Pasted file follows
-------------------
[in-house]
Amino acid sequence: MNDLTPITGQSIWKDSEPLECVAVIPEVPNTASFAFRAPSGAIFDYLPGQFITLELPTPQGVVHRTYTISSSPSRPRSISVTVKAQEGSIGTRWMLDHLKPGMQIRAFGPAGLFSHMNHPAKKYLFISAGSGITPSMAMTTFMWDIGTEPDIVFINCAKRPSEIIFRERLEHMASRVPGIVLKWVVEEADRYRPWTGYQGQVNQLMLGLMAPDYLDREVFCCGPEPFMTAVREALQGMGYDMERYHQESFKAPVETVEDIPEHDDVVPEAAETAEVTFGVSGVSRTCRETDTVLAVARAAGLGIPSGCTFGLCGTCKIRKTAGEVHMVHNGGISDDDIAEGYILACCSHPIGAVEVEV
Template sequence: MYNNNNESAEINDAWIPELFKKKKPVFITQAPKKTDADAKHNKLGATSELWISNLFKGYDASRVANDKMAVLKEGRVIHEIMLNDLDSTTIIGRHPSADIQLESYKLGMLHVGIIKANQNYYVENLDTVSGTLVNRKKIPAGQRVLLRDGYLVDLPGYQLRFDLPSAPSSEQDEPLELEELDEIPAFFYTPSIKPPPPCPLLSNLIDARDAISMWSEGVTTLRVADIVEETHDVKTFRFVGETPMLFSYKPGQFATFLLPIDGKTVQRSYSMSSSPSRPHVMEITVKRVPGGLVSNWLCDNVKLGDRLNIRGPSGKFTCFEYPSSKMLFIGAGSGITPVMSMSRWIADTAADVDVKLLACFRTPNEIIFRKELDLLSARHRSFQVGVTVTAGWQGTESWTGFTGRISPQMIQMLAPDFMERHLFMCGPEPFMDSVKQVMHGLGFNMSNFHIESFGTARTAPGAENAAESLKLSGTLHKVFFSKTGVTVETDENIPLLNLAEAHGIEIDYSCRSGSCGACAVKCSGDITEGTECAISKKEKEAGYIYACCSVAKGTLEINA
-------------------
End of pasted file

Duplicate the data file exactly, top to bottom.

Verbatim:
[in-house]
Amino acid sequence: MNDLTPITGQSIWKDSEPLECVAVIPEVPNTASFAFRAPSGAIFDYLPGQFITLELPTPQGVVHRTYTISSSPSRPRSISVTVKAQEGSIGTRWMLDHLKPGMQIRAFGPAGLFSHMNHPAKKYLFISAGSGITPSMAMTTFMWDIGTEPDIVFINCAKRPSEIIFRERLEHMASRVPGIVLKWVVEEADRYRPWTGYQGQVNQLMLGLMAPDYLDREVFCCGPEPFMTAVREALQGMGYDMERYHQESFKAPVETVEDIPEHDDVVPEAAETAEVTFGVSGVSRTCRETDTVLAVARAAGLGIPSGCTFGLCGTCKIRKTAGEVHMVHNGGISDDDIAEGYILACCSHPIGAVEVEV
Template sequence: MYNNNNESAEINDAWIPELFKKKKPVFITQAPKKTDADAKHNKLGATSELWISNLFKGYDASRVANDKMAVLKEGRVIHEIMLNDLDSTTIIGRHPSADIQLESYKLGMLHVGIIKANQNYYVENLDTVSGTLVNRKKIPAGQRVLLRDGYLVDLPGYQLRFDLPSAPSSEQDEPLELEELDEIPAFFYTPSIKPPPPCPLLSNLIDARDAISMWSEGVTTLRVADIVEETHDVKTFRFVGETPMLFSYKPGQFATFLLPIDGKTVQRSYSMSSSPSRPHVMEITVKRVPGGLVSNWLCDNVKLGDRLNIRGPSGKFTCFEYPSSKMLFIGAGSGITPVMSMSRWIADTAADVDVKLLACFRTPNEIIFRKELDLLSARHRSFQVGVTVTAGWQGTESWTGFTGRISPQMIQMLAPDFMERHLFMCGPEPFMDSVKQVMHGLGFNMSNFHIESFGTARTAPGAENAAESLKLSGTLHKVFFSKTGVTVETDENIPLLNLAEAHGIEIDYSCRSGSCGACAVKCSGDITEGTECAISKKEKEAGYIYACCSVAKGTLEINA